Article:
Bill to bar private prisons opposed by corrections commissioner
CONCORD - Opponents of privately operated prisons had their say Thursday, as a legislative committee heard testimony on proposed legislation to ban for-profit correctional facilities in the state.
Complaints about privately run prisons ranged from claims that companies running the facilities would have a financial incentive to keep people in prison to suggestions that in other jurisdictions private jails don't provide promised cost savings.
But state Corrections Commissioner William Wrenn claimed the legislation considered Thursday, House Bill 443, would reduce the ability of his agency to adjust to emergencies.
Private prisons are "needed to manage overpopulation in our facilities in the event of a sudden, unexpected emergency," Wrenn said. "If fire or natural disaster made (a prison) uninhabitable, private facilities could provide necessary bed space in a short period of time."
Supporters of a ban on private prisons range from church groups to the New Hampshire Civil Liberties Union to state employee groups.
Devon Chafee, executive director of the NHCLU, said a report by the national organization found mistreatment of inmates.
"A 2011 ACLU report linked certain private prisons to atrocious conditions," she said.
The state last year approved a $171,000 study of the impact of private prisons in New Hampshire.
Last December, the state Executive Council extended the deadline for that report to Feb. 28.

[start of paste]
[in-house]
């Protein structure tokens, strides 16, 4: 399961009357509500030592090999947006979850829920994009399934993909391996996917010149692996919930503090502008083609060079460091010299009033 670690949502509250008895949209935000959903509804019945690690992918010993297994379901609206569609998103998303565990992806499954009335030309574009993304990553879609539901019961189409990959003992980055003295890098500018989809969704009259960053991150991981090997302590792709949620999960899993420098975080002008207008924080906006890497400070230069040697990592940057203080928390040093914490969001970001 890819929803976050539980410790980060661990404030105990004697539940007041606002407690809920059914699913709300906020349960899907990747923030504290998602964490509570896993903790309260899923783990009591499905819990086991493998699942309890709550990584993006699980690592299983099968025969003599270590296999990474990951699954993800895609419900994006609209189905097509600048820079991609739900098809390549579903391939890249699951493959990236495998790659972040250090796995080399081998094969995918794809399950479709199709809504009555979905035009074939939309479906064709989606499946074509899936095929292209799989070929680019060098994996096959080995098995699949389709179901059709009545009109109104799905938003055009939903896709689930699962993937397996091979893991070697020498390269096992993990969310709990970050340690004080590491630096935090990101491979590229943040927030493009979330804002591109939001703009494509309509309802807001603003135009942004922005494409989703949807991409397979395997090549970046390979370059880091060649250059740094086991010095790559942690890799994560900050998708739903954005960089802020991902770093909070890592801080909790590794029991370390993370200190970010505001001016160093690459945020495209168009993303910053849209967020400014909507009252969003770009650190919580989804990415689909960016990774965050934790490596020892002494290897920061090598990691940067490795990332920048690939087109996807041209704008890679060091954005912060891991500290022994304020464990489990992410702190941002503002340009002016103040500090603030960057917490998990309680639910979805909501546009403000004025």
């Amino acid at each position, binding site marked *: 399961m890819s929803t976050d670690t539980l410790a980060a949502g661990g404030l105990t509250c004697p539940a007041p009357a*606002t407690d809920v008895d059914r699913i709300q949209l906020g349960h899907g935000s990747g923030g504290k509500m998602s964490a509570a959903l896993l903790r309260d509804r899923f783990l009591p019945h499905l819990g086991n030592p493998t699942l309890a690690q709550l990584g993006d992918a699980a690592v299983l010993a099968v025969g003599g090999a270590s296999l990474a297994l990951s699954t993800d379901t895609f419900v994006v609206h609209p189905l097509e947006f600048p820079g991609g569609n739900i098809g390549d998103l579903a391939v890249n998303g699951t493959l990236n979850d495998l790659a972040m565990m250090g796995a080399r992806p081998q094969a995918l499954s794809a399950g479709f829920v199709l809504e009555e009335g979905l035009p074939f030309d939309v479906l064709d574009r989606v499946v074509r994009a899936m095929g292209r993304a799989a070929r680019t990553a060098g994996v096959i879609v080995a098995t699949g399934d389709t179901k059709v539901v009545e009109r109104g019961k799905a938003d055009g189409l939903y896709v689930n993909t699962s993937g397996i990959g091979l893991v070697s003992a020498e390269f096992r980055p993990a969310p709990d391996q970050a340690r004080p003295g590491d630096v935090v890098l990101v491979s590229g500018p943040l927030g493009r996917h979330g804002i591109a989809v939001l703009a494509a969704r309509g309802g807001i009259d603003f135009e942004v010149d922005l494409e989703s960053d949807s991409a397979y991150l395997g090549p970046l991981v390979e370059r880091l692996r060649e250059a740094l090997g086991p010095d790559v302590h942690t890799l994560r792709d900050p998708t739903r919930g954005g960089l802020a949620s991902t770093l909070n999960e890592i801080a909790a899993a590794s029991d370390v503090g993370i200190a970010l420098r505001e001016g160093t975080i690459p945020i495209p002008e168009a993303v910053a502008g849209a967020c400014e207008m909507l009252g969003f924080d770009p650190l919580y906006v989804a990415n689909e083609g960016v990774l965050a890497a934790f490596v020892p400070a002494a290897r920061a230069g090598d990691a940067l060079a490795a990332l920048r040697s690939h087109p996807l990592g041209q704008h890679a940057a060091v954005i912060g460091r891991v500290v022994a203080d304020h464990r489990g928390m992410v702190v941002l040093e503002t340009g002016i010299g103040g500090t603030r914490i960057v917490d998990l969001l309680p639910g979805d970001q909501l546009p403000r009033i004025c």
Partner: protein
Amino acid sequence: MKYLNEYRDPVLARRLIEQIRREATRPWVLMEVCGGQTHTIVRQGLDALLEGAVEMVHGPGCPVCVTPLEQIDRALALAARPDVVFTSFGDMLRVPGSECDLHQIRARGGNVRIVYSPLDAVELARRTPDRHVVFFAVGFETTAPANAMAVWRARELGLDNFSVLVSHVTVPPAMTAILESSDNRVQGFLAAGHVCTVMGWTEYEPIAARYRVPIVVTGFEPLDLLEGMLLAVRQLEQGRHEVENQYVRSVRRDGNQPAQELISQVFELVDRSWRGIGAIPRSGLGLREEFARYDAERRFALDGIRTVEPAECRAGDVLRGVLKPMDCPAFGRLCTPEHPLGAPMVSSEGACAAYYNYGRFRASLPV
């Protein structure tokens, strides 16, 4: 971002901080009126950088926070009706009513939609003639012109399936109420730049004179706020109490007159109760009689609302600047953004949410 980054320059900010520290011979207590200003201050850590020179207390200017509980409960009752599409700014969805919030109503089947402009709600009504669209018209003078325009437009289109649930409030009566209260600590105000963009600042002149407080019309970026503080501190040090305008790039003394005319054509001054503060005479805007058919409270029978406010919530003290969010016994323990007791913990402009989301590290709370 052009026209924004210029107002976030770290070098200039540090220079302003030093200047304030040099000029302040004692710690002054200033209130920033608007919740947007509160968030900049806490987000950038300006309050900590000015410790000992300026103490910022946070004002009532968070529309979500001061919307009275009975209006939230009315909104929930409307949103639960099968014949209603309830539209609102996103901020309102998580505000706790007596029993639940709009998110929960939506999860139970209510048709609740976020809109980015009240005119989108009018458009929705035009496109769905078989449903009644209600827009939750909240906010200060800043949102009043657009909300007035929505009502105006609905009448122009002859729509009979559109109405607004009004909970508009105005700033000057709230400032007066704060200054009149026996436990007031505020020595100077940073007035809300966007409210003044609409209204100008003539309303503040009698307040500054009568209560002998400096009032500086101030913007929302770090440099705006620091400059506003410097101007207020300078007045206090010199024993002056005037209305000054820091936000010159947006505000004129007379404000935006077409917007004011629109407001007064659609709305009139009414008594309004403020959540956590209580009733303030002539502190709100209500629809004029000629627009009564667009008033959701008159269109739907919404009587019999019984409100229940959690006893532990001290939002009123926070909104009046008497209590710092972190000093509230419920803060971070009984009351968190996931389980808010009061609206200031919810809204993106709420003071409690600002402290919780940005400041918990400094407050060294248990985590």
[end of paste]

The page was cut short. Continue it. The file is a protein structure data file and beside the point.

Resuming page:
State Rep. Leon Rideout, R-Lancaster, said the study should be finished before the bill is given serious consideration.
"We are wasting taxpayers' money because before we have information on whether to privatized prisons in New Hampshire, we're going to prohibit them."
Rideout complained that prohibiting a private business - the operators of private prisons - from operating in the state is "not the New Hampshire way."
The sponsor of the bill, state Rep. Timothy Robertson, D-Keene, said that because the private prisons are paid by the number of inmates, opportunities for prisoners to be rehabilitated or paroled would be reduced because the prison operators would try to keep the prison population high.
"No evidence they can save you money," Robertson said. "The incentive is to get more out of it by keeping them in longer and treating them worse."
The legislation may be sent off to a study committee that will study an assortment of criminal justice related bills filed in the current Legislature.